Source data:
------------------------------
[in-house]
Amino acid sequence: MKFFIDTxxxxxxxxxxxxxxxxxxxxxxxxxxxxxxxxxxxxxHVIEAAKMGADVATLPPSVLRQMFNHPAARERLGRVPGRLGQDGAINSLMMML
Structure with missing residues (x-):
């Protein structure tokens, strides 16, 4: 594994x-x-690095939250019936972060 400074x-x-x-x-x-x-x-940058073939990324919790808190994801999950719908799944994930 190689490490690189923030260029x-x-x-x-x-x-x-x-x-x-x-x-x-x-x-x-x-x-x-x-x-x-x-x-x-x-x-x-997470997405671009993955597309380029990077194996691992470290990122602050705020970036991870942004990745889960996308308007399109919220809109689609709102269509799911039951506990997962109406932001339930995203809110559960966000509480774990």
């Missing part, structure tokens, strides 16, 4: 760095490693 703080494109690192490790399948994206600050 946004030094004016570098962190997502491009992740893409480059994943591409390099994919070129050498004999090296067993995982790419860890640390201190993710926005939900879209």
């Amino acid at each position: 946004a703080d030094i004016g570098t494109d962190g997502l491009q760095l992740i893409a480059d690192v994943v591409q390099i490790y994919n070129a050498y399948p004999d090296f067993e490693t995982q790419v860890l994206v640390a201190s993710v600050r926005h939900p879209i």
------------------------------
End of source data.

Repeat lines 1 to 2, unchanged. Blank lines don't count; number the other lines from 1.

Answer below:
[in-house]
Amino acid sequence: MKFFIDTxxxxxxxxxxxxxxxxxxxxxxxxxxxxxxxxxxxxxHVIEAAKMGADVATLPPSVLRQMFNHPAARERLGRVPGRLGQDGAINSLMMML